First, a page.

Category: Horror

In the wake of the COVID-19 pandemic that has ground daily life to a halt around the globe, Arrow Video is proud to announce the US release of Why Don’t You Just Die!, a blood-soaked black comedy in the vein of Quentin Tarantino and Edgar Wright.  Making his feature debut, writer/director Kirill Sokolov presents a rousing tale of family, modern relationships and the dark places they can take you to when things turn sour.  Why Don’t You Just Die! will be available nationwide on Digital HD April 20th.
Why Don’t You Just Die! has received critical acclaim from festivals around the globe, taking home the New Flesh Award for Best First Feature and Silver Audience Award at Fantasia, Best European Feature Film at MOTELx, Best Director at Fantaspoa, Best Feature, Best Director and Best VFX Awards at Grimmfest.  Following a screening at Fantastic Fest, Film School Rejects raved that “Russian cinema has a new filmmaker to champion”.
Before the COVID-19 pandemic, Arrow Video had planned an April 10th theatrical release in a number of markets around the US and the UK.  Planned theatrical markets included Los Angeles, New York, Chicago, New Orleans, Pittsburgh, Columbus, Knoxville, Ithaca, Houston, Lubbock, El Paso and Phoenix.
Ahead of the release, Sokolov shared, “Despite our exaggerated use of genre tropes and all the flashy effects, Why Don’t You Just Die! remains, for me, an incredibly personal and sincere story. The film’s inherent violence is the result of reflection on the realities of life in Russia, modern relationships, and societal attitudes. The gallows humor which pervades the film is the only true reaction whatsoever to all of this. The film is intended as an emotional rollercoaster, making the audience laugh, cry, and laugh again – but then immediately feel a sense of unease for having laughed.”
Matvey (Aleksandr Kuznetsov) has just one objective: to gain entry to his girlfriend’s parents’ apartment and kill her father Andrey (Vitaliy Khaev) with a hammer to restore her honour. But all is not as it initially seems, and Matvey’s attempts to bludgeon the family patriarch to death don’t quite go to plan as Andrey proves a more formidable – not to mention ruthless – opponent than he anticipated… and Matvey, for his part, proves stubbornly unwilling to die.

 

Summary: When Cecilia’s abusive ex takes his own life and leaves her his fortune, she suspects his death was a hoax. As a series of coincidences turn lethal, Cecilia works to prove that she is being hunted by someone nobody can see.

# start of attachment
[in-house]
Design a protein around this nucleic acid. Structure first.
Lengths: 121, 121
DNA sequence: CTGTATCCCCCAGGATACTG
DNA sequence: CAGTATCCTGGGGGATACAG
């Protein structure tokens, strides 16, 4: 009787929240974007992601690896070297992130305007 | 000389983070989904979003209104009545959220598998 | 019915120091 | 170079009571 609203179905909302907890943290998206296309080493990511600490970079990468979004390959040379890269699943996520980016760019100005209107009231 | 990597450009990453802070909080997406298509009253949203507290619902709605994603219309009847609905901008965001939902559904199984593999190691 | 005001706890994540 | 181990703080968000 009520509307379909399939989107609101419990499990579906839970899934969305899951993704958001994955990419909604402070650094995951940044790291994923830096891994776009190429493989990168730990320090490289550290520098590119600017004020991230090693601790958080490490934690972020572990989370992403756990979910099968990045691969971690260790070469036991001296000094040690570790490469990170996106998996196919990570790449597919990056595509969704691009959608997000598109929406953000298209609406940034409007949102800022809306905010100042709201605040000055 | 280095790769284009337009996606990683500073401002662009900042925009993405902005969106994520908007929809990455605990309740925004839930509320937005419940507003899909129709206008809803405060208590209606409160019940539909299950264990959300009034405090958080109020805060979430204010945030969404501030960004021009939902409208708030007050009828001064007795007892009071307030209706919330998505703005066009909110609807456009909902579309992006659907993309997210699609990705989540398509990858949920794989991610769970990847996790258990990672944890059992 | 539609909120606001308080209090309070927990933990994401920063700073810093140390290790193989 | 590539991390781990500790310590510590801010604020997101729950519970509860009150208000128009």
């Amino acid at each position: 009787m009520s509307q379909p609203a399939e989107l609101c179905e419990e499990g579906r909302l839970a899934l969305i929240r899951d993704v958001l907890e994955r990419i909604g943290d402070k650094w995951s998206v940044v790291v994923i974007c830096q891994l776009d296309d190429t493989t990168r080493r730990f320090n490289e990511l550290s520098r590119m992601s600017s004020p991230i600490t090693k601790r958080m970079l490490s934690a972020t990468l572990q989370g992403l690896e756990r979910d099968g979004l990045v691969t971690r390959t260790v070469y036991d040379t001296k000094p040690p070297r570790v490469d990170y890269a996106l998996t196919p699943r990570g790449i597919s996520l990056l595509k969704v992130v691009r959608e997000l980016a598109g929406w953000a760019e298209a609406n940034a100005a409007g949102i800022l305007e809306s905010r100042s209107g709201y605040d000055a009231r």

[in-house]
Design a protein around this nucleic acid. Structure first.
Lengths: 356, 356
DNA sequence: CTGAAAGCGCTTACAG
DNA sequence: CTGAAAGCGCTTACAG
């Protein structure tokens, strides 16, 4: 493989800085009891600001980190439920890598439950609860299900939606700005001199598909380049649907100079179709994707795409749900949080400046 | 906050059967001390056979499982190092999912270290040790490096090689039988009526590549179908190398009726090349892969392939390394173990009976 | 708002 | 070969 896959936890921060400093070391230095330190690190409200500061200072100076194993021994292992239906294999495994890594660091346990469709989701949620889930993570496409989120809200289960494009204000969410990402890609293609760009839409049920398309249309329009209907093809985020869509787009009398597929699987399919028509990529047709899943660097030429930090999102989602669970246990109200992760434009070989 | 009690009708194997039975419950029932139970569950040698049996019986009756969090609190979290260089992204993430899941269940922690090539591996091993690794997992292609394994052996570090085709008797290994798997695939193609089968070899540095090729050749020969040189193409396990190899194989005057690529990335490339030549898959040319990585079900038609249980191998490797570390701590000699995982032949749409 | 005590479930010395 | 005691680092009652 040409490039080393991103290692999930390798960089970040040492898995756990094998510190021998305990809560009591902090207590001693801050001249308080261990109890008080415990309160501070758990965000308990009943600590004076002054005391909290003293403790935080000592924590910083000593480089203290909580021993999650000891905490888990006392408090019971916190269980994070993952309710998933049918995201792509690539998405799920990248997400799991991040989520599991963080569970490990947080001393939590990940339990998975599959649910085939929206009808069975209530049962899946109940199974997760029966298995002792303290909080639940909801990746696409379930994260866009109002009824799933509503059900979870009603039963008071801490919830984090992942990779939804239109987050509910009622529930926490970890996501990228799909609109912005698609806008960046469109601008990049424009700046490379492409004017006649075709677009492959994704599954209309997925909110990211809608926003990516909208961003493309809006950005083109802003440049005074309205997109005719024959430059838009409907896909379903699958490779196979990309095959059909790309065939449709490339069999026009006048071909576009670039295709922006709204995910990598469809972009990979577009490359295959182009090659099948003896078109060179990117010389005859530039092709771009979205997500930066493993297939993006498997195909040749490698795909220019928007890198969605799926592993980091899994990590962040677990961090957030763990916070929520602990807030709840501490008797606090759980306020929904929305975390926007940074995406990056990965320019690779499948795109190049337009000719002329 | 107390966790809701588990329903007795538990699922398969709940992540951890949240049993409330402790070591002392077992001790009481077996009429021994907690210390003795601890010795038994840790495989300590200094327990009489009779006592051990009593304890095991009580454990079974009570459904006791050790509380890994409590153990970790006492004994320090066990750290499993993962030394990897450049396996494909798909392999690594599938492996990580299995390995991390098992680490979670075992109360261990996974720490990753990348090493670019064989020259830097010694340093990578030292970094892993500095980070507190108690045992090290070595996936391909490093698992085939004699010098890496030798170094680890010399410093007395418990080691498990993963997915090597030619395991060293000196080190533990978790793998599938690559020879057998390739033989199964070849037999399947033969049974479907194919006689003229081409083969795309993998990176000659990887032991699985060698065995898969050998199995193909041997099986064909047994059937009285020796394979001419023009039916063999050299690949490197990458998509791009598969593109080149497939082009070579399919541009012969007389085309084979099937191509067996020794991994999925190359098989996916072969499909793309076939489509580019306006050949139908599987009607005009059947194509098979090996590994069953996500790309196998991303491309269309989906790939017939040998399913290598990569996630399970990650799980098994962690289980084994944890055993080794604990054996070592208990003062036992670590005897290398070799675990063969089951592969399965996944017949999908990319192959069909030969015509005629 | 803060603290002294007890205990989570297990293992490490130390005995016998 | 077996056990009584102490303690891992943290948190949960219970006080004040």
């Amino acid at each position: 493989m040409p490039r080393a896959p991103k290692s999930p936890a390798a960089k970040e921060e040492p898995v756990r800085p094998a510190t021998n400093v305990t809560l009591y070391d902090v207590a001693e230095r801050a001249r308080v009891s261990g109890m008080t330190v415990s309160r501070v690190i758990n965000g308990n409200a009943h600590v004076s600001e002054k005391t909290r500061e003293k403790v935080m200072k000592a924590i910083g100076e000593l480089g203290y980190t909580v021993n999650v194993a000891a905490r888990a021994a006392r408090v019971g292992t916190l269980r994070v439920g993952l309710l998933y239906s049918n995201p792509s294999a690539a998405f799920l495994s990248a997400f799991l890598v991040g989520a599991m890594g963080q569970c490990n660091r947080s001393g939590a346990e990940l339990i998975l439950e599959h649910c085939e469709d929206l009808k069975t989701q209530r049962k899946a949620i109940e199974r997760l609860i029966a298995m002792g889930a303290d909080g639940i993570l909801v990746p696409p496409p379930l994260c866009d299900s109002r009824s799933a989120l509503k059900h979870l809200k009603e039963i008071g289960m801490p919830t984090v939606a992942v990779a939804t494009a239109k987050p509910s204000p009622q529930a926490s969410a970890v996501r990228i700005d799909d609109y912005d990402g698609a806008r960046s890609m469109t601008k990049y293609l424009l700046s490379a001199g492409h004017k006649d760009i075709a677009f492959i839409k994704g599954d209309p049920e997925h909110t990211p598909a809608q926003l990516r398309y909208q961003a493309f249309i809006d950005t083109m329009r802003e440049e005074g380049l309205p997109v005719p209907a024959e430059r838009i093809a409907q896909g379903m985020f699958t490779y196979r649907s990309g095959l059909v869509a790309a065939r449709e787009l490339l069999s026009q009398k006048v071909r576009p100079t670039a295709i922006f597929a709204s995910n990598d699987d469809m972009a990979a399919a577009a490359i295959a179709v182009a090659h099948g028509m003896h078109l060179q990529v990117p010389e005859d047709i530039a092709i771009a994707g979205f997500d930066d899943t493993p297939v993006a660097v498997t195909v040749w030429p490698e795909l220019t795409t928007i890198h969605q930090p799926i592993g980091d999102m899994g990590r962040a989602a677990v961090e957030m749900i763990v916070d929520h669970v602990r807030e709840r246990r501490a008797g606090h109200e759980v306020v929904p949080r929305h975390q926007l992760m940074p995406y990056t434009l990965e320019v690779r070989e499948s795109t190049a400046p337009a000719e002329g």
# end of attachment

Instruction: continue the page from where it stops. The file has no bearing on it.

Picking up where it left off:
Year: 2020

Australian Cinema Release Date: 27th February 2020

Thailand Cinema Release Date: 13th March 2020

Australian DVD Release Date: TBA

Country: Australia, United States, Canada, United Kingdom

Director: Leigh Whannell

Screenwriter: Leigh Whannell

Cast: Michael Dorman (Tom Griffin), Harriet Dyer (Emily Kass), Amali Golden (Annie), Benedict Hardie (Marc), Aldis Hodge (James Lanier), Oliver Jackson-Cohen (Adrian Griffin), Nick Kici (Taylor), Renee Lim (Doctor Lee), Elisabeth Moss (Cecilia Kass), Storm Reid (Sydney Lanier), Sam Smith (Detective Reckley)

Running Time: 124 mins

Classification: MA15+ (Australia) 18 (Thailand)

 

 

OUR THE INVISIBLE MAN REVIEWS & RATINGS:

 

Dave Griffiths’ The Invisible Man Review:

There has been a lot of commentary recently about the ‘new breed’ of horror films. The term has been given to films like Midsumma and Hereditary, films that supposedly show that the ‘new breed’ of horror filmmakers who are now ‘woke’ and incorporate social issues into the horror that their characters face.

To say that is a new form of filmmaking though is probably a little bit of a misconception as you could possibly argue that horror filmmakers were doing that a long time before it became a Hollywood trend. Early horror films regularly used the ‘horror’ to point out so-called anti-social behaviour. Remember all those slashers where the babysitter got killed because she fooled around with her boyfriend rather than watching the kids? Yep, that was filmmakers making a social commentary about promiscuous teens. Then there were films like Saw and Hostel that graphically look at the impact of greed and lust on society.

On the flip side there were also films like I Spit On Your Gave. Released in 1978 the controversial film showed what happened when a woman decides to get bloody revenge on a group of men that sexually assaulted her. Then in 2014 came James Cullen Bressack’s Pernicious which showed the dire consequences of what happens after three young backpackers disrespect Thai culture while visiting the country.